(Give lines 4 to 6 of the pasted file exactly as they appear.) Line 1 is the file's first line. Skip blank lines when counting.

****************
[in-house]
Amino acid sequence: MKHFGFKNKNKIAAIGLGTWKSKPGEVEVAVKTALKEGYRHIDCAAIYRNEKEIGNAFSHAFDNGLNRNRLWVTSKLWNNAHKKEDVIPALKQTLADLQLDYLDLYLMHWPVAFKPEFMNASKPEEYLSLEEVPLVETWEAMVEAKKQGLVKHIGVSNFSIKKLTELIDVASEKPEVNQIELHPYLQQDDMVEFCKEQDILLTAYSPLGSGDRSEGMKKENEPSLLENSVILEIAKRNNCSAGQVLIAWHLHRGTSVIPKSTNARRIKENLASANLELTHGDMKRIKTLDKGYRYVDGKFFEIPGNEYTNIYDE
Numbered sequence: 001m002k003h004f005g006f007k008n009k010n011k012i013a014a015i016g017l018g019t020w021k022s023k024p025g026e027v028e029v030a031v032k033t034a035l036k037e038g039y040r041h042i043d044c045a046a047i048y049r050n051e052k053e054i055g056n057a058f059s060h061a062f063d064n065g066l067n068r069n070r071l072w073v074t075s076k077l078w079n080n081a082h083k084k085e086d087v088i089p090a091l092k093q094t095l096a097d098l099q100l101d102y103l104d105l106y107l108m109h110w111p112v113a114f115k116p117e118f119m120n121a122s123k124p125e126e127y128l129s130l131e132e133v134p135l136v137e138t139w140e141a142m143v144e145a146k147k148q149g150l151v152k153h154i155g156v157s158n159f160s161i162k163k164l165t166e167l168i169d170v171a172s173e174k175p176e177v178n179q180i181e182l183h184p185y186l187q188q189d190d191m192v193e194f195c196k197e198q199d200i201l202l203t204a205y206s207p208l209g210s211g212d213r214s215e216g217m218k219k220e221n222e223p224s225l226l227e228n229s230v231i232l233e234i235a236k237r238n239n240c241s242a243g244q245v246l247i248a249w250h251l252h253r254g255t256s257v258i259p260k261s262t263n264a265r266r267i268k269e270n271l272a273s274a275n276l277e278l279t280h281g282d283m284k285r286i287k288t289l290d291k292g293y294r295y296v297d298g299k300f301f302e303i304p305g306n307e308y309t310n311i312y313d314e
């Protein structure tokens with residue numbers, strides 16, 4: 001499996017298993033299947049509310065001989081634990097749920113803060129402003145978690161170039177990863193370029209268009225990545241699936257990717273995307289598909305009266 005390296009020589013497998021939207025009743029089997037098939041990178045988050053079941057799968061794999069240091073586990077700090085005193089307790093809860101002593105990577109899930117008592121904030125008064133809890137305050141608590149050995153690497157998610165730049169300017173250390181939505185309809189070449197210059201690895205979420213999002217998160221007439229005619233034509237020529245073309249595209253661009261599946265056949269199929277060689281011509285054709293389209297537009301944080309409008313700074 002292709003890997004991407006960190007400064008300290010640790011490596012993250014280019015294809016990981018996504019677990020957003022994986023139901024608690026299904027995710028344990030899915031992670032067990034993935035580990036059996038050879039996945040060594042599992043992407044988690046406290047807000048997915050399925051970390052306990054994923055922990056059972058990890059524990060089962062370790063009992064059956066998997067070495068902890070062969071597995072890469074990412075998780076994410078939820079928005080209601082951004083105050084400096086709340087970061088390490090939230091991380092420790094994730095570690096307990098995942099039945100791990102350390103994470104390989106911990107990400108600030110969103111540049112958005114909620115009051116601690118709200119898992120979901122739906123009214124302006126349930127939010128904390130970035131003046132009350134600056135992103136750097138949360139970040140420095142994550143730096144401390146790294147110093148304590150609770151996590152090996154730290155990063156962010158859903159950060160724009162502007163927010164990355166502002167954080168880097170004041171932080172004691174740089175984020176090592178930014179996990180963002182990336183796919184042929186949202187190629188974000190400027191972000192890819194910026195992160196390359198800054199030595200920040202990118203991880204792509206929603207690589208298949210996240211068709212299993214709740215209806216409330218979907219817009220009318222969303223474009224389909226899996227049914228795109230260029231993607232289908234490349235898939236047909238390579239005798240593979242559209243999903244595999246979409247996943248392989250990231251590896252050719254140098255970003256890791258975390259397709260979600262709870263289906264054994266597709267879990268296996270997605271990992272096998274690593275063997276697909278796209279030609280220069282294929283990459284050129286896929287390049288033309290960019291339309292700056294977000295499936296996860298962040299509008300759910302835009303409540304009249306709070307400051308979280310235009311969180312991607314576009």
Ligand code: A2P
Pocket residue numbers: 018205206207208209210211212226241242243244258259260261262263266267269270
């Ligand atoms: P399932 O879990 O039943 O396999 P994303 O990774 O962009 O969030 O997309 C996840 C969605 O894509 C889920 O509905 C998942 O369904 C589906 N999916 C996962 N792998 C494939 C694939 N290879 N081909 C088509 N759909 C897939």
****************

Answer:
């Protein structure tokens with residue numbers, strides 16, 4: 001499996017298993033299947049509310065001989081634990097749920113803060129402003145978690161170039177990863193370029209268009225990545241699936257990717273995307289598909305009266 005390296009020589013497998021939207025009743029089997037098939041990178045988050053079941057799968061794999069240091073586990077700090085005193089307790093809860101002593105990577109899930117008592121904030125008064133809890137305050141608590149050995153690497157998610165730049169300017173250390181939505185309809189070449197210059201690895205979420213999002217998160221007439229005619233034509237020529245073309249595209253661009261599946265056949269199929277060689281011509285054709293389209297537009301944080309409008313700074 002292709003890997004991407006960190007400064008300290010640790011490596012993250014280019015294809016990981018996504019677990020957003022994986023139901024608690026299904027995710028344990030899915031992670032067990034993935035580990036059996038050879039996945040060594042599992043992407044988690046406290047807000048997915050399925051970390052306990054994923055922990056059972058990890059524990060089962062370790063009992064059956066998997067070495068902890070062969071597995072890469074990412075998780076994410078939820079928005080209601082951004083105050084400096086709340087970061088390490090939230091991380092420790094994730095570690096307990098995942099039945100791990102350390103994470104390989106911990107990400108600030110969103111540049112958005114909620115009051116601690118709200119898992120979901122739906123009214124302006126349930127939010128904390130970035131003046132009350134600056135992103136750097138949360139970040140420095142994550143730096144401390146790294147110093148304590150609770151996590152090996154730290155990063156962010158859903159950060160724009162502007163927010164990355166502002167954080168880097170004041171932080172004691174740089175984020176090592178930014179996990180963002182990336183796919184042929186949202187190629188974000190400027191972000192890819194910026195992160196390359198800054199030595200920040202990118203991880204792509206929603207690589208298949210996240211068709212299993214709740215209806216409330218979907219817009220009318222969303223474009224389909226899996227049914228795109230260029231993607232289908234490349235898939236047909238390579239005798240593979242559209243999903244595999246979409247996943248392989250990231251590896252050719254140098255970003256890791258975390259397709260979600262709870263289906264054994266597709267879990268296996270997605271990992272096998274690593275063997276697909278796209279030609280220069282294929283990459284050129286896929287390049288033309290960019291339309292700056294977000295499936296996860298962040299509008300759910302835009303409540304009249306709070307400051308979280310235009311969180312991607314576009």
Ligand code: A2P
Pocket residue numbers: 018205206207208209210211212226241242243244258259260261262263266267269270